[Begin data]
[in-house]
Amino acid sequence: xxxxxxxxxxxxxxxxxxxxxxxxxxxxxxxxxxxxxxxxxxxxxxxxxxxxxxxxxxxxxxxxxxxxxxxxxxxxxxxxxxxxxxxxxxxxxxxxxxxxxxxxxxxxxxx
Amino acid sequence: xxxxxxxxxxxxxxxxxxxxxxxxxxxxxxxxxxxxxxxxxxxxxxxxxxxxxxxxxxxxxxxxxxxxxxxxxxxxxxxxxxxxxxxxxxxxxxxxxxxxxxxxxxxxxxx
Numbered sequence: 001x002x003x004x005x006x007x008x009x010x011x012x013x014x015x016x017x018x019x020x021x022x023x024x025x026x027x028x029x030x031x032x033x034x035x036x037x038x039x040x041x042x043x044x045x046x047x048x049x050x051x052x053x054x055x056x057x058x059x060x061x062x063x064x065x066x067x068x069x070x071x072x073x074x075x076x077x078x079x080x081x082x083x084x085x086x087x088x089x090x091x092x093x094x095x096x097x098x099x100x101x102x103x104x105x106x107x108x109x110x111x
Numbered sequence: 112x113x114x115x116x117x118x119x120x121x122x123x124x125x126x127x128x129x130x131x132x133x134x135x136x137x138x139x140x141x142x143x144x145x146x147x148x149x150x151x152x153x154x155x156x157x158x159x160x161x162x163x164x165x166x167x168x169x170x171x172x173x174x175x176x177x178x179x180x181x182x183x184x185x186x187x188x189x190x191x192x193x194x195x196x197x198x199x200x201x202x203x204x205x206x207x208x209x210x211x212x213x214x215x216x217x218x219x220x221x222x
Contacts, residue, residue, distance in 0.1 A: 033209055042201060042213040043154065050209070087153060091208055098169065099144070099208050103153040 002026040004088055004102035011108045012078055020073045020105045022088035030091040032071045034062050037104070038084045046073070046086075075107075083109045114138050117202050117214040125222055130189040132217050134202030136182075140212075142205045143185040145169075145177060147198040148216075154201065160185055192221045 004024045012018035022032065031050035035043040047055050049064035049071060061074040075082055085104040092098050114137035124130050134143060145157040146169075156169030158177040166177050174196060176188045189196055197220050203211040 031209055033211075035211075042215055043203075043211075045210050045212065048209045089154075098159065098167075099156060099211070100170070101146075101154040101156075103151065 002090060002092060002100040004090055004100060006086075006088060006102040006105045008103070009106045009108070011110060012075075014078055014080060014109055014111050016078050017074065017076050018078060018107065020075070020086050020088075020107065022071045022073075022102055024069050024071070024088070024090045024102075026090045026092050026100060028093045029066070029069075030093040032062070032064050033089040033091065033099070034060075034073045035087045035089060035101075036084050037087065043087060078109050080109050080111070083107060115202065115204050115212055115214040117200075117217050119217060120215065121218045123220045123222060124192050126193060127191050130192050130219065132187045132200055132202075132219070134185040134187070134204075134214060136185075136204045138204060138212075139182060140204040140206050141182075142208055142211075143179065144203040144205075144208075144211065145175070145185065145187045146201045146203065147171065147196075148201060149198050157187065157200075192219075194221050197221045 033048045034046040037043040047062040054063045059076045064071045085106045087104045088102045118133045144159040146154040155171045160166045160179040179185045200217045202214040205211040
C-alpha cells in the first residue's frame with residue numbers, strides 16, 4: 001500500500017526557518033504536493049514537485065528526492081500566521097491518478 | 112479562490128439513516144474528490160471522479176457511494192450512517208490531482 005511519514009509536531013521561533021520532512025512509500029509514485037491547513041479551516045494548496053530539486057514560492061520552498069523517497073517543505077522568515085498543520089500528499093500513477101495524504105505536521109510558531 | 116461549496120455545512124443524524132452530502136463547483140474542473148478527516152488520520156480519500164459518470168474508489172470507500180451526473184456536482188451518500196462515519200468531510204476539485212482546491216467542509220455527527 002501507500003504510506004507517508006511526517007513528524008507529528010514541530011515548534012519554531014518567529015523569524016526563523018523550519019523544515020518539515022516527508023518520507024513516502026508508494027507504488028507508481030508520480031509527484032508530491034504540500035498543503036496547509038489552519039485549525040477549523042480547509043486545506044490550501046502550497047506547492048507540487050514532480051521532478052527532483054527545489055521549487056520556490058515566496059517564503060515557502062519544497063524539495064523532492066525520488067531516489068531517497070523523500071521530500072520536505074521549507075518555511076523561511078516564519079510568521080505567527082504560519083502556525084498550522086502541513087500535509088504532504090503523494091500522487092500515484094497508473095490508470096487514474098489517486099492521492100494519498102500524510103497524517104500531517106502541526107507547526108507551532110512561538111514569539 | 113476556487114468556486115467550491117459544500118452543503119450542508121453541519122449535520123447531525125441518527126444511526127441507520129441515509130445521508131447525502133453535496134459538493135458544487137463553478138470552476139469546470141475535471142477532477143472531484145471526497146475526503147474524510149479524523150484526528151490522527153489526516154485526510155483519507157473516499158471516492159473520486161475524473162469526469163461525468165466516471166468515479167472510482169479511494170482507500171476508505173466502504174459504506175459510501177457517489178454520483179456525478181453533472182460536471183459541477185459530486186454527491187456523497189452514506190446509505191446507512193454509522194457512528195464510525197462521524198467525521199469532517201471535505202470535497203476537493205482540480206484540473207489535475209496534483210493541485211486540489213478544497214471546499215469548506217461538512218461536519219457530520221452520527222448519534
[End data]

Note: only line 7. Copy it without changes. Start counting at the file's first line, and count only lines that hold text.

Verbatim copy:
C-alpha cells in the first residue's frame with residue numbers, strides 16, 4: 001500500500017526557518033504536493049514537485065528526492081500566521097491518478 | 112479562490128439513516144474528490160471522479176457511494192450512517208490531482 005511519514009509536531013521561533021520532512025512509500029509514485037491547513041479551516045494548496053530539486057514560492061520552498069523517497073517543505077522568515085498543520089500528499093500513477101495524504105505536521109510558531 | 116461549496120455545512124443524524132452530502136463547483140474542473148478527516152488520520156480519500164459518470168474508489172470507500180451526473184456536482188451518500196462515519200468531510204476539485212482546491216467542509220455527527 002501507500003504510506004507517508006511526517007513528524008507529528010514541530011515548534012519554531014518567529015523569524016526563523018523550519019523544515020518539515022516527508023518520507024513516502026508508494027507504488028507508481030508520480031509527484032508530491034504540500035498543503036496547509038489552519039485549525040477549523042480547509043486545506044490550501046502550497047506547492048507540487050514532480051521532478052527532483054527545489055521549487056520556490058515566496059517564503060515557502062519544497063524539495064523532492066525520488067531516489068531517497070523523500071521530500072520536505074521549507075518555511076523561511078516564519079510568521080505567527082504560519083502556525084498550522086502541513087500535509088504532504090503523494091500522487092500515484094497508473095490508470096487514474098489517486099492521492100494519498102500524510103497524517104500531517106502541526107507547526108507551532110512561538111514569539 | 113476556487114468556486115467550491117459544500118452543503119450542508121453541519122449535520123447531525125441518527126444511526127441507520129441515509130445521508131447525502133453535496134459538493135458544487137463553478138470552476139469546470141475535471142477532477143472531484145471526497146475526503147474524510149479524523150484526528151490522527153489526516154485526510155483519507157473516499158471516492159473520486161475524473162469526469163461525468165466516471166468515479167472510482169479511494170482507500171476508505173466502504174459504506175459510501177457517489178454520483179456525478181453533472182460536471183459541477185459530486186454527491187456523497189452514506190446509505191446507512193454509522194457512528195464510525197462521524198467525521199469532517201471535505202470535497203476537493205482540480206484540473207489535475209496534483210493541485211486540489213478544497214471546499215469548506217461538512218461536519219457530520221452520527222448519534